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Without Directionality, How does a Mic' Recreate the Sense of a Room?
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hduncan
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#1
27th June 2008
Old 27th June 2008
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Without Directionality, How does a Mic' Recreate the Sense of a Room?

This post is long, so my question has been summed up in this sentence:

"When I listen to a mic'd source through speakers, I am hearing a complete lack of directionality, yet I still "hear" the room... How does this work?"

-----Read on if confused by what I am asking--------
I've been wrestling with this notion for a while. I think what it comes down to is like looking at a cathedral and looking at a picture of a cathedral. One is fully 3dimensional and the other is a 2dimensional representation.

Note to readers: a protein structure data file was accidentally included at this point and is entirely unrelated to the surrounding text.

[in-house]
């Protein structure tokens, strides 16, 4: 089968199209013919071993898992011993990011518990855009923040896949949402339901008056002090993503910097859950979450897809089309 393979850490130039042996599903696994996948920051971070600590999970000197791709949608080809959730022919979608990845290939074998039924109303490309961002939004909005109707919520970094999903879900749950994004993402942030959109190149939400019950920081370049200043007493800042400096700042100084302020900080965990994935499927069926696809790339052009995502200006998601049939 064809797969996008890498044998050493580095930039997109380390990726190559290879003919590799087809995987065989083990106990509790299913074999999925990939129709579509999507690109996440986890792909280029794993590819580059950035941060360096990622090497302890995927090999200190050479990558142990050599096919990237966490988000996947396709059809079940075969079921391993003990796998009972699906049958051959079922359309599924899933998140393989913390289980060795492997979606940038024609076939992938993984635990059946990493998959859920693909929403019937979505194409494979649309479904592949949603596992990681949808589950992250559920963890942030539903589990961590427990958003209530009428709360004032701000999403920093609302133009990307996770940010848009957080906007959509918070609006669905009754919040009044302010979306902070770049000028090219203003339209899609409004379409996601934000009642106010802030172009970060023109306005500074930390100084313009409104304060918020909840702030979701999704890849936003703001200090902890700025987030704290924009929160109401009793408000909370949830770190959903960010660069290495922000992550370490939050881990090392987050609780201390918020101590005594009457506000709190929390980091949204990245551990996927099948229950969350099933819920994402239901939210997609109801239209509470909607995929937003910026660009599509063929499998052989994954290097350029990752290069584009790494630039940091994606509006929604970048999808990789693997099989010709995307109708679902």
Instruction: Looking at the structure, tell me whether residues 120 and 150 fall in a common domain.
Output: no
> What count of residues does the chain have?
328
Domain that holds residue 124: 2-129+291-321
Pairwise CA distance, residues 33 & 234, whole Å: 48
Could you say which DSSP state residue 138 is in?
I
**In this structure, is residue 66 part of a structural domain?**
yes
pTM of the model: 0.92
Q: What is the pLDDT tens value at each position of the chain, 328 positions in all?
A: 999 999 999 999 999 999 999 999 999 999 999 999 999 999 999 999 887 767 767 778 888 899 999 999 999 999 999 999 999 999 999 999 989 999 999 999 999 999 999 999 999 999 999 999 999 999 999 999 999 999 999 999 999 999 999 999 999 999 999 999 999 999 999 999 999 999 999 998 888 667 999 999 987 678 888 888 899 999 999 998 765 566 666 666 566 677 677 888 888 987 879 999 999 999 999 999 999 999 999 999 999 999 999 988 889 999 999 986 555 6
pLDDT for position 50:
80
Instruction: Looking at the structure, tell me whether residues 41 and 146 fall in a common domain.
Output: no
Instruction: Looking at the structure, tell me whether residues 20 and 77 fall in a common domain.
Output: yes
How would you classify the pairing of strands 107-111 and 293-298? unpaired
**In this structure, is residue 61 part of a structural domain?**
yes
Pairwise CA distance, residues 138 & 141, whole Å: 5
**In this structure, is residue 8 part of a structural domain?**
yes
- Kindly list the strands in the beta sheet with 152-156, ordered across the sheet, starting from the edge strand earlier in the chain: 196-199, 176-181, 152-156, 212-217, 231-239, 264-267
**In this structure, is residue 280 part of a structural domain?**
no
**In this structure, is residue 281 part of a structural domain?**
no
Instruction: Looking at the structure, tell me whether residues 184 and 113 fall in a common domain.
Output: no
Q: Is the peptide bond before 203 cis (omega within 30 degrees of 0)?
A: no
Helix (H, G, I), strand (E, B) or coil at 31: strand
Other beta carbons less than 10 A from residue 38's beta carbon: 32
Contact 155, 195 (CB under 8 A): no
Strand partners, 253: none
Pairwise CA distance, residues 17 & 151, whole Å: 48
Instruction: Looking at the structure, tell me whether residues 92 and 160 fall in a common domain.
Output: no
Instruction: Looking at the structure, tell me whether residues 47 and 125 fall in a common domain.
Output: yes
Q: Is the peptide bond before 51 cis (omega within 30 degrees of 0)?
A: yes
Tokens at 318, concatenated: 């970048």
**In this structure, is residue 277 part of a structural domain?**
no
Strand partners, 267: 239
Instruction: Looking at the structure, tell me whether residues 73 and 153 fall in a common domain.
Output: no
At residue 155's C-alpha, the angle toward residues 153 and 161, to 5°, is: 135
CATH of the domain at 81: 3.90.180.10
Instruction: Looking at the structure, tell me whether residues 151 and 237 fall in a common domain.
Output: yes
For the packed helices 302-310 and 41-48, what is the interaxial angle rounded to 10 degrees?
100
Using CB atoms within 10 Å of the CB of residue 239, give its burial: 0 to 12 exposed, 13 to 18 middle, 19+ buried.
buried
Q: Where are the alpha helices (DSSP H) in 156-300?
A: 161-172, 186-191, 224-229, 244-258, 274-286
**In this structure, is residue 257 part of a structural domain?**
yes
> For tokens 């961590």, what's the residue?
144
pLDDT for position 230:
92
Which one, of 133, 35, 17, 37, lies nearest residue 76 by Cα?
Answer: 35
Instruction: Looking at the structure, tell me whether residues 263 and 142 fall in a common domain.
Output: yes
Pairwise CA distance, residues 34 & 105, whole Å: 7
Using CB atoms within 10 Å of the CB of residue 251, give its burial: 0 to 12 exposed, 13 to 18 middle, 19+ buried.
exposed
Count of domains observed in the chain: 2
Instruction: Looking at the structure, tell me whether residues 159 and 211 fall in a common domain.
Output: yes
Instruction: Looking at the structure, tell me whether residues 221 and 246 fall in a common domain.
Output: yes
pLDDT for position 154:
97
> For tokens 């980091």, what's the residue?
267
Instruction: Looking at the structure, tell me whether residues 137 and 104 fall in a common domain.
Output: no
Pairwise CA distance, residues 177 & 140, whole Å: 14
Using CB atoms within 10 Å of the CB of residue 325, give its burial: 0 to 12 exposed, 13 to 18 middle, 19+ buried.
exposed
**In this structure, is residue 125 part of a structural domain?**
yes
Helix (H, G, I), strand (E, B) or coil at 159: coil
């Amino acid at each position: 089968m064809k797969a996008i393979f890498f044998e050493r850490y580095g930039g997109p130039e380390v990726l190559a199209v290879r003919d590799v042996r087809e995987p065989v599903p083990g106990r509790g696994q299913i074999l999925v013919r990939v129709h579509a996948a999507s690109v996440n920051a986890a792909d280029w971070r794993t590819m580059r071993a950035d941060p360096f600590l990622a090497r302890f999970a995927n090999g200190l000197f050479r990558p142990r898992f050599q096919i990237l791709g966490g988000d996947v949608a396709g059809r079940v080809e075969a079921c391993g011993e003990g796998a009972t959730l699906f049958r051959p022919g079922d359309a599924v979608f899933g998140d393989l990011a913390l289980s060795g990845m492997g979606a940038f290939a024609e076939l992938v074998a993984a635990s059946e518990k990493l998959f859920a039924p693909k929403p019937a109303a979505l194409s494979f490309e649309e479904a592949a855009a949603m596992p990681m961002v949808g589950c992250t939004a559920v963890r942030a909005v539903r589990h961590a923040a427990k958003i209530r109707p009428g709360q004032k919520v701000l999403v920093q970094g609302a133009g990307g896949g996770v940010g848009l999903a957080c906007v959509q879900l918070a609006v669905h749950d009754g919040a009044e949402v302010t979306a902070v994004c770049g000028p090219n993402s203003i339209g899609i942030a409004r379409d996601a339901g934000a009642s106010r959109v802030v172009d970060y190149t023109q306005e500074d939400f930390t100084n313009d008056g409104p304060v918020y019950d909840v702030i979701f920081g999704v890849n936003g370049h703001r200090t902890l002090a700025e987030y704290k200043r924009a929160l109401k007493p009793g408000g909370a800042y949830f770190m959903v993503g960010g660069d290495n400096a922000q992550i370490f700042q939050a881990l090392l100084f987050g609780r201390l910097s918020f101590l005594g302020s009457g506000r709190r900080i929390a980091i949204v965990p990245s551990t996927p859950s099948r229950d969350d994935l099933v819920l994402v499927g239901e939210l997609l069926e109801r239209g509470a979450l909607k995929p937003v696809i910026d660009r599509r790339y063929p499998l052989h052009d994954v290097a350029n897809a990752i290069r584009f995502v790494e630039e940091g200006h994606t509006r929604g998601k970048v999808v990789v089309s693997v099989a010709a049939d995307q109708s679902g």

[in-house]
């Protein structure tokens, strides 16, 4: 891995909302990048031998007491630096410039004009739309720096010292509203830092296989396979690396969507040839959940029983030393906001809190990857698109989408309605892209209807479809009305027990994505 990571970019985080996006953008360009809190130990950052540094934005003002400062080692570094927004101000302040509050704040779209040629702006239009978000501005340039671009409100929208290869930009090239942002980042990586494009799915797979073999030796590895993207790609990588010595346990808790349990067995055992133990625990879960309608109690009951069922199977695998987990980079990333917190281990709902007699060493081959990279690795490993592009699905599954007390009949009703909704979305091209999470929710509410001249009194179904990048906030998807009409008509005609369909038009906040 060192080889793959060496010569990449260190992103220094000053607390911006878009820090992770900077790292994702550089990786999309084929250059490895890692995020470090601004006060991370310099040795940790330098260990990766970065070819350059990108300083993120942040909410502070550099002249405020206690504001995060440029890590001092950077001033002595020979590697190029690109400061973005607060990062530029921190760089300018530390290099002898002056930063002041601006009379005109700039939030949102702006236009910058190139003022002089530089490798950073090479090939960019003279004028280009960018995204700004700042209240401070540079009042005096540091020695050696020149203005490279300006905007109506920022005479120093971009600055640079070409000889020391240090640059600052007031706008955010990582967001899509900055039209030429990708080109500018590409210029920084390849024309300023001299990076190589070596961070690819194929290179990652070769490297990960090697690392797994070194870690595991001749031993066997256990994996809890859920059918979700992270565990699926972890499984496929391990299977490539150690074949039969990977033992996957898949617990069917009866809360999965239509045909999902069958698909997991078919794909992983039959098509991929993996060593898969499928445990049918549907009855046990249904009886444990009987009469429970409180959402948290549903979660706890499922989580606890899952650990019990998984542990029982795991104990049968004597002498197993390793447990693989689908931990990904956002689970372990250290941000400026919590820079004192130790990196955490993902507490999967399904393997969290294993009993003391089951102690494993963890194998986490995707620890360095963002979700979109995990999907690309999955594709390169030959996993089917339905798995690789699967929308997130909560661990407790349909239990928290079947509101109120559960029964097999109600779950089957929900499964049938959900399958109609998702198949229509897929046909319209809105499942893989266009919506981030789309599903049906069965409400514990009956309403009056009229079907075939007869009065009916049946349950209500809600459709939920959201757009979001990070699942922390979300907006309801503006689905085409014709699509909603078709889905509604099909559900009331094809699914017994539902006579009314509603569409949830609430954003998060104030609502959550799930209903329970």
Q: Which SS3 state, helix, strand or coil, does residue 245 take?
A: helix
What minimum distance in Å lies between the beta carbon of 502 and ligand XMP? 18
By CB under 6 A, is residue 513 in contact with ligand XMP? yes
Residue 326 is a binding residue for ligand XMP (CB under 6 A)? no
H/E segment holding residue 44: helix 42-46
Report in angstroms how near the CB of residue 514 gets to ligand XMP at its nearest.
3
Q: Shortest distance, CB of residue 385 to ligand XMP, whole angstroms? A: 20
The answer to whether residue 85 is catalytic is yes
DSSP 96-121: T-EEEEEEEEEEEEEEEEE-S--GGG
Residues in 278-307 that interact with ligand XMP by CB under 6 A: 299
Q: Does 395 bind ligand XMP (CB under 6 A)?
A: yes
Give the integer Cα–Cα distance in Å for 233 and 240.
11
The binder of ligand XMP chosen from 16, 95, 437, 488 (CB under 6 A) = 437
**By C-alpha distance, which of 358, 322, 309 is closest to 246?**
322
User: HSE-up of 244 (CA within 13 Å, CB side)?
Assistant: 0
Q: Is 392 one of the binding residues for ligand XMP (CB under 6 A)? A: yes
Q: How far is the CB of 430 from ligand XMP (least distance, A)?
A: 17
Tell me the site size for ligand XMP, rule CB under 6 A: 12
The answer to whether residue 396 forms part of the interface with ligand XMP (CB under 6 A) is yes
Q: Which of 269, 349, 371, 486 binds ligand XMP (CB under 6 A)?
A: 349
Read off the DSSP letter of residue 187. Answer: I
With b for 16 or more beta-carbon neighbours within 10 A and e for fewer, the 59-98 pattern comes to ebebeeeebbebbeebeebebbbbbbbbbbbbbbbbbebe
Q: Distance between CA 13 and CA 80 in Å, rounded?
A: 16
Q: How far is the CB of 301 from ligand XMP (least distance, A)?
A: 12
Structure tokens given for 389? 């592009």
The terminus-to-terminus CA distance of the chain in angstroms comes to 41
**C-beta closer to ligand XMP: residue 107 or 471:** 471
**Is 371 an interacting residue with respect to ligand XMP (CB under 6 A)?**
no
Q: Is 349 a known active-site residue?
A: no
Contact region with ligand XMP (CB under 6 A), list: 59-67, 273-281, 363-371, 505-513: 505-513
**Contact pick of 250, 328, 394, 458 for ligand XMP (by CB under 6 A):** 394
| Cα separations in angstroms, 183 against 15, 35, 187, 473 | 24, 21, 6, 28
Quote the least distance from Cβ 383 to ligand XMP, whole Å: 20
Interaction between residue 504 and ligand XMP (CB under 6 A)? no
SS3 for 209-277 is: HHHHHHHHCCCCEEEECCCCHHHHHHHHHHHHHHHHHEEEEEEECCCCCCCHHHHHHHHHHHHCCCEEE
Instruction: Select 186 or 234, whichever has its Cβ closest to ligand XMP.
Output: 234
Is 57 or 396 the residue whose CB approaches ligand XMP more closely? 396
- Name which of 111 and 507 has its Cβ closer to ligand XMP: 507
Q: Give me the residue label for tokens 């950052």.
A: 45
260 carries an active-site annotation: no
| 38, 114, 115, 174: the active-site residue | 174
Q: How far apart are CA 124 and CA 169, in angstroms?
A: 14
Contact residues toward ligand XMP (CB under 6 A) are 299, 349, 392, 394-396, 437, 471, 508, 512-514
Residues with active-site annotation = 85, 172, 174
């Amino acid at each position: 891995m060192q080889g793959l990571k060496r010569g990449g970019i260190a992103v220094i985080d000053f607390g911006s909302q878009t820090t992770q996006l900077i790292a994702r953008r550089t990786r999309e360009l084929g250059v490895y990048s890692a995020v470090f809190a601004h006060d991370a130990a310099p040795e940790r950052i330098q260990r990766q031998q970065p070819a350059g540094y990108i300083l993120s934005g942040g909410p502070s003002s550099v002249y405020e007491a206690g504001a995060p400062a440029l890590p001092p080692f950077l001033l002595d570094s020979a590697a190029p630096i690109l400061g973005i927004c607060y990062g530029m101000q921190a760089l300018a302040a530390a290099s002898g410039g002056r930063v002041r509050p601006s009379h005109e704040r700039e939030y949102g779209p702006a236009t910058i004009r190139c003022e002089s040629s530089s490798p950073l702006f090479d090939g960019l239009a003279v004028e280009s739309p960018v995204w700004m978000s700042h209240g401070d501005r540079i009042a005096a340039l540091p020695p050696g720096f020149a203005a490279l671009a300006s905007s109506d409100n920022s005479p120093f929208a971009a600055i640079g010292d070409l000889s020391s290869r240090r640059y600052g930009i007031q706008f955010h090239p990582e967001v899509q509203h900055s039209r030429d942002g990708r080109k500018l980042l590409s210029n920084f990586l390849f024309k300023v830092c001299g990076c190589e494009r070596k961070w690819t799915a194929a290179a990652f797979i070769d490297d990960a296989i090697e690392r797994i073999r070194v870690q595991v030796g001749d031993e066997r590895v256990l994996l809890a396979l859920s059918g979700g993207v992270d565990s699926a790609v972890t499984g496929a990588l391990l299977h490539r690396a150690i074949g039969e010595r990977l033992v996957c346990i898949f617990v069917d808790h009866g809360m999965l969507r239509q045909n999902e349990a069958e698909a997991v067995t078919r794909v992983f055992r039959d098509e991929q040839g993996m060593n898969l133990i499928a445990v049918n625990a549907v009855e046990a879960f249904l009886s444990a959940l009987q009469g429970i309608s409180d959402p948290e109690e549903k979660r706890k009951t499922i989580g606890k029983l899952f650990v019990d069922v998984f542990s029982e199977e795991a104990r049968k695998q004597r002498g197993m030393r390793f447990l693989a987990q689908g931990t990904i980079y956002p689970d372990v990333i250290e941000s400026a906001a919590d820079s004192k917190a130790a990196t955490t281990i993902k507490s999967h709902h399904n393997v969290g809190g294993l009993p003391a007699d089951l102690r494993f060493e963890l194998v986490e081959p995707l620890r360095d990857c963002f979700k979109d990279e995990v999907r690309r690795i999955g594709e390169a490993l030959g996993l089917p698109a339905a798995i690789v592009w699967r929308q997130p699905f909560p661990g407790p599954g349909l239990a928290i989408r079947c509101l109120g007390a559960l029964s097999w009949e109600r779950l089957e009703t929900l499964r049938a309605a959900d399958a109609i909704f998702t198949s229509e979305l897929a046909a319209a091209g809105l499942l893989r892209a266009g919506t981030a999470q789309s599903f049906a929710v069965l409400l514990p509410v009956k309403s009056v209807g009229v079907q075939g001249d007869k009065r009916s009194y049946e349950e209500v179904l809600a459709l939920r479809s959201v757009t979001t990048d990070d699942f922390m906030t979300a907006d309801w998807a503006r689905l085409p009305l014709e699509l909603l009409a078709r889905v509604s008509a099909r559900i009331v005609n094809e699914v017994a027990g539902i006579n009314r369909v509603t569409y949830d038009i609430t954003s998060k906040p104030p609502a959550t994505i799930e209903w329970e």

The Question:
When standing inside a Cathedral and listening to someone speak, the sound from their voice hits you directly (usually first to arrive) and then their voice, (which propagates outward in a spherical manner from their vocal chords) also reflects off of other surfaces and hits you from all directions (front back top bottom left right etc etc).

Put a single microphone where you were standing aimed at the sound source/speaker, and the microphone is going to capture the direct signal, the top reflections, bottom reflections, left and right reflections, etc but its going to pick it up and record it as if all of those reflections came from one direction- toward the front of the mic. (the mic has no way of giving us directionality).